17th Century Poet: Matsuo Basho

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Matsuo Chūemon Munefusa, or Matsuo Basho most commonly known, was a 17th century poet and to this day is known as the “greatest master of the haiku”of the Tokugawa, or the Edo Era (1603-1867). During this era, Japan closed their borders to decrease the influence of the Western world. This action allowed Japanese culture to flourish. Born in 1644 in the Ueno province of Japan (today known as Honshu), Matsuo Basho grew up with his father, mother, and six siblings. His father, Matsuo Yozaemon was a low ranking samurai but his position was highly respected. Yozaemon served as samurai for a feudal lord, Tōdō Yoshitada. As Matsuo Basho grew up, he followed his father’s path and eventually became a servant to Tōdō Yoshitada. Yoshitada was a lover…show more content…
Basho and Sora walked for 1, 200 miles over the course of 156 days. They traveled through uplands and lowlands, along the coast of the Sea of Japan and mountain ranges, and into different villages. When they finally arrived in Kyoto, Basho published a book of diaries that explained daily events and other occurrences. It was called Oku no Hosomichi, or the Narrow Road to the Interior. This book was considered one of the “major texts of Japanese literature” and is in the form of several haibuns. The haibuns explain the internal and external feelings and scenes that Matsuo Basho experienced such as images in the nature around him and the imaginations of his mind along the way. The long trip deeply contributed to Matsuo Basho’s love of nature that he expressed in his writing and he aspired to reflect the environment and his emotions in his haikus. Basho hoped to bring readers to special mental states valued by Zen Buddhists and he did this through writing about themes of nature, peace, and simplicity such as flowers and the weather. Basho also wrote about different types of transitions of life such as the ever-changing and fleeting aspects of human life, such as life and death. He reminded readers that life has the most beautiful, simple things to offer and every moment is valuable. Basho went on the perilous journey in order not just in search of his inner meaning…show more content…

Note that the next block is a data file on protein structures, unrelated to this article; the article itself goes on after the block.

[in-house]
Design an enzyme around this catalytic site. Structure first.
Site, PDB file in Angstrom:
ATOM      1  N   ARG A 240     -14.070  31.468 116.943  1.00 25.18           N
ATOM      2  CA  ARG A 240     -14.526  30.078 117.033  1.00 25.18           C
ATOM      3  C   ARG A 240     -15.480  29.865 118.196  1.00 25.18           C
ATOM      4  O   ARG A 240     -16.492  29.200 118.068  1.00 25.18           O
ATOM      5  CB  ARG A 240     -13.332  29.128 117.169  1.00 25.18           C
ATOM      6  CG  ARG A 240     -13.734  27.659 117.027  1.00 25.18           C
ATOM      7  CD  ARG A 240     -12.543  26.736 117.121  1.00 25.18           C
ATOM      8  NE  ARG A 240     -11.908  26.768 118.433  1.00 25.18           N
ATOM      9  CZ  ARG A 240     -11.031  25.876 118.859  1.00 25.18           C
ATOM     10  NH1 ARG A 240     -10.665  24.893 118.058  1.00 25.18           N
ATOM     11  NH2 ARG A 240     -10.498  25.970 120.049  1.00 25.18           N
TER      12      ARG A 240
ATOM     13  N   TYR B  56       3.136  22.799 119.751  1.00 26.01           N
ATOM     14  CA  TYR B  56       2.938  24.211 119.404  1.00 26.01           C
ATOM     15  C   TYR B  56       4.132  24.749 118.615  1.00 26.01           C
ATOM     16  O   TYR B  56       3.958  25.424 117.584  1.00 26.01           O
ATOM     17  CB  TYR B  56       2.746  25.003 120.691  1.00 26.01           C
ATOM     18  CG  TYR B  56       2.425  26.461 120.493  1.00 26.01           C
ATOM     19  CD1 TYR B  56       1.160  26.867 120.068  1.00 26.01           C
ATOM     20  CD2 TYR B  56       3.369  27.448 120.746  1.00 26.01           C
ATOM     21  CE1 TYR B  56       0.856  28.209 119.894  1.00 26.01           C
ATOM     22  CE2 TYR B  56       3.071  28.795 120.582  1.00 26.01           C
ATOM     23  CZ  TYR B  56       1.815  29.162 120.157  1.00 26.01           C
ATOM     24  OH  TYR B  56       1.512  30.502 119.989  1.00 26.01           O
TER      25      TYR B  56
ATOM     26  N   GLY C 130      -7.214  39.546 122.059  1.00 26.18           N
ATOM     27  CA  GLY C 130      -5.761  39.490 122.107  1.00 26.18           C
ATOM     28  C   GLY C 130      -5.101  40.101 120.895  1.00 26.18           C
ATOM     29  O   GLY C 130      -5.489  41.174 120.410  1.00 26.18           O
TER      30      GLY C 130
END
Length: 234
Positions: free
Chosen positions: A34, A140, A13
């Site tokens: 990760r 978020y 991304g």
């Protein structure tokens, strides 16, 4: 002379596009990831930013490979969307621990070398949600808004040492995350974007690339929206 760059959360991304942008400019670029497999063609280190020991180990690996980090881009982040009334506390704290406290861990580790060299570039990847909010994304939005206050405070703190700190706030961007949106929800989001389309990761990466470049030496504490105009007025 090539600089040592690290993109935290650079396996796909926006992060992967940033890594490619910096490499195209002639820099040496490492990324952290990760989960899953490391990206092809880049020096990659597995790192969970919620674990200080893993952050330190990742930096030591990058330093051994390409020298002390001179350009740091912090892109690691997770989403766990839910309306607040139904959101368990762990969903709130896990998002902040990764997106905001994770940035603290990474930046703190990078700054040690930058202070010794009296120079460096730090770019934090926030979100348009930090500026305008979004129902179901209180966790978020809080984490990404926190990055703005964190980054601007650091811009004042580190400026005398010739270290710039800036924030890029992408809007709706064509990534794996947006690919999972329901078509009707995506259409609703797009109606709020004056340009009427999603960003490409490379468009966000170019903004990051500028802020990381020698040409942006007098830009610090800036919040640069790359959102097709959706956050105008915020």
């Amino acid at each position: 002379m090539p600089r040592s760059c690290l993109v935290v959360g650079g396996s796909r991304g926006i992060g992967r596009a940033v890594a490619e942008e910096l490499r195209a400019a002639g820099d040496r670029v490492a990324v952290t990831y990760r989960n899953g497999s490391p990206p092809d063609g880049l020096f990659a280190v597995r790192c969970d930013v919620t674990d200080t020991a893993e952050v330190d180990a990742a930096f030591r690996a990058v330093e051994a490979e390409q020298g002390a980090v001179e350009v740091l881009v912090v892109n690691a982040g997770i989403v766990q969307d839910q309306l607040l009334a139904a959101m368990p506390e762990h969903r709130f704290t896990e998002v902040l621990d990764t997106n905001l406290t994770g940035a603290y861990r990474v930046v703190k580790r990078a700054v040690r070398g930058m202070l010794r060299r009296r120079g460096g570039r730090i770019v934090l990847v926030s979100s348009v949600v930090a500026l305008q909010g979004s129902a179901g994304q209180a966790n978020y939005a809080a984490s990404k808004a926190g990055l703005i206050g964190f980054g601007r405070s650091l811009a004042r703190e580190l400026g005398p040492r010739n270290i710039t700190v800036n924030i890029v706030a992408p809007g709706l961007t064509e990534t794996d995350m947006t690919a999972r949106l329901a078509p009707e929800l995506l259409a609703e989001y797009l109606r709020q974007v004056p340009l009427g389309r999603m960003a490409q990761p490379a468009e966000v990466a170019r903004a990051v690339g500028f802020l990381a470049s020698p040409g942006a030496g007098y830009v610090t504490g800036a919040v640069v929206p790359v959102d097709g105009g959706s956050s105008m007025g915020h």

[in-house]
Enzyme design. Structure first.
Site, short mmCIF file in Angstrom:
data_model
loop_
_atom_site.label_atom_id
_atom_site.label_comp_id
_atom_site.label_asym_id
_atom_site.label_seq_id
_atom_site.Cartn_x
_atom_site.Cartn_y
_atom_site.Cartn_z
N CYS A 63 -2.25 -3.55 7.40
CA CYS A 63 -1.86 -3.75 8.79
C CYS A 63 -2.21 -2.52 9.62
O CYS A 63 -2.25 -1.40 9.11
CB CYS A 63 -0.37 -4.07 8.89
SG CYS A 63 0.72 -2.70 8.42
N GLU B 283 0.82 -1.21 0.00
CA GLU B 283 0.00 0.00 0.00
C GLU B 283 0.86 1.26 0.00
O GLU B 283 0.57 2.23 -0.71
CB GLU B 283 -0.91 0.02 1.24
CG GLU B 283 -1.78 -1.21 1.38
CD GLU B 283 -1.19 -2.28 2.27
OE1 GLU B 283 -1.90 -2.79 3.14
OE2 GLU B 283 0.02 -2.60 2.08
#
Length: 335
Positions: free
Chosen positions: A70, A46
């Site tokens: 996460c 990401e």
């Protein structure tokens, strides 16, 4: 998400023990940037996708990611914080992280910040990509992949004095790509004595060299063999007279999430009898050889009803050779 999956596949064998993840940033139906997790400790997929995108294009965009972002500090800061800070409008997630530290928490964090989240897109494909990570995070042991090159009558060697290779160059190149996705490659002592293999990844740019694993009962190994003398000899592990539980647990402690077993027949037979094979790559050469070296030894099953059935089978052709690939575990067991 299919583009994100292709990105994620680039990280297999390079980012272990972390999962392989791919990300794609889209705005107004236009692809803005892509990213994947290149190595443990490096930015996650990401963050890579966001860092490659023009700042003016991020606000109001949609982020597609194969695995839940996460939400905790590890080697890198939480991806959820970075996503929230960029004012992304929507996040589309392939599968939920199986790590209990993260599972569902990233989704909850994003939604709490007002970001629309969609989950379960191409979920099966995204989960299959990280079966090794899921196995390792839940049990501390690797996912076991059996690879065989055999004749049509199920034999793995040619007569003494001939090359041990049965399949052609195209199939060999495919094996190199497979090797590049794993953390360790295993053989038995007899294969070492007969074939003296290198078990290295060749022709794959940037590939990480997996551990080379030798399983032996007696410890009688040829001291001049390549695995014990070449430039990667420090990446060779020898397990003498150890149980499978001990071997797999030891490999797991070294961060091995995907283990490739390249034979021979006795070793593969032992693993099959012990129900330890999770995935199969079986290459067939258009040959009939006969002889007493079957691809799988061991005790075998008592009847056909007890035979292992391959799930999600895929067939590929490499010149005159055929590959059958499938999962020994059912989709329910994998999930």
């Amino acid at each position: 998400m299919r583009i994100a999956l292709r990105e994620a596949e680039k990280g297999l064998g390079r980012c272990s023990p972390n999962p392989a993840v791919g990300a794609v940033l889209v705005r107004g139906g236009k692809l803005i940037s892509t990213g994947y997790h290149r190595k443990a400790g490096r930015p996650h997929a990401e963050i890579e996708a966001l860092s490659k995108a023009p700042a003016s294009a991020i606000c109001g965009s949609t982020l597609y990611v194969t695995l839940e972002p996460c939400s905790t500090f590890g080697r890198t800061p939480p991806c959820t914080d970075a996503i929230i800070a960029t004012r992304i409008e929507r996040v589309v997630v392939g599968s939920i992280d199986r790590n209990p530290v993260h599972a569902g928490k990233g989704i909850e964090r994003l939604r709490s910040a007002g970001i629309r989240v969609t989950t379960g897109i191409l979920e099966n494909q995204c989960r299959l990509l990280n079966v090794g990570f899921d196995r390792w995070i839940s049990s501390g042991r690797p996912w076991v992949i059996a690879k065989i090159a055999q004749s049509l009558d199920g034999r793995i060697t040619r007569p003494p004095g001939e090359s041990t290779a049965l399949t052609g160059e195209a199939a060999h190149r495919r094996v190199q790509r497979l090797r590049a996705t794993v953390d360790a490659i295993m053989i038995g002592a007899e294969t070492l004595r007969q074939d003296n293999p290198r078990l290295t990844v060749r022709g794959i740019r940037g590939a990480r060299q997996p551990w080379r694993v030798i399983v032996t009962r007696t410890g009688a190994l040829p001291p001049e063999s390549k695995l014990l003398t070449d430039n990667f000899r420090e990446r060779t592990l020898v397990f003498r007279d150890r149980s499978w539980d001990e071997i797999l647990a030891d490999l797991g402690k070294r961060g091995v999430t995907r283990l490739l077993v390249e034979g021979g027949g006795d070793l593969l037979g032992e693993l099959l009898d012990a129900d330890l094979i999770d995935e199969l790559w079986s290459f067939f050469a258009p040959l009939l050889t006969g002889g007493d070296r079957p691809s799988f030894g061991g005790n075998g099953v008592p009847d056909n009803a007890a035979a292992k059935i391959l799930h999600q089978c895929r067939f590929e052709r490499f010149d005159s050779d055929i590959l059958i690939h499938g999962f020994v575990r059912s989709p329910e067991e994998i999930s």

He embraced a courtly style in his writing and derived his historical interest from being the son of a samurai and being around nobility for most of his childhood. The Edo Era was a major part of Japan’s history. It was a time of newly opened trading borders and cities, entertainment, and excitement. This influenced Basho’s writing about daily life and how life came to be that way. Also, his long journey with his disciple Kawai Sora impacted his poetry. As was already stated, Saigyō was Matsuo Basho’s poetic hero and Basho went on a very similar journey to his. He visited various different shrines and temples along the way. For example, Basho and Sora went to see ruins from the Heian period in Hiraizumi. These ruins were an important government checkpoint that was abandoned during the Heian period. Basho and Sora also visited a battle field from the Heian Period where Minamoto no Yoshitsune had fallen in a war against the Heishi clan. Yoshitsune was a general of the Minamoto clan in Japan in the Heian period to the Kamakura period. Basho wrote a poem about the
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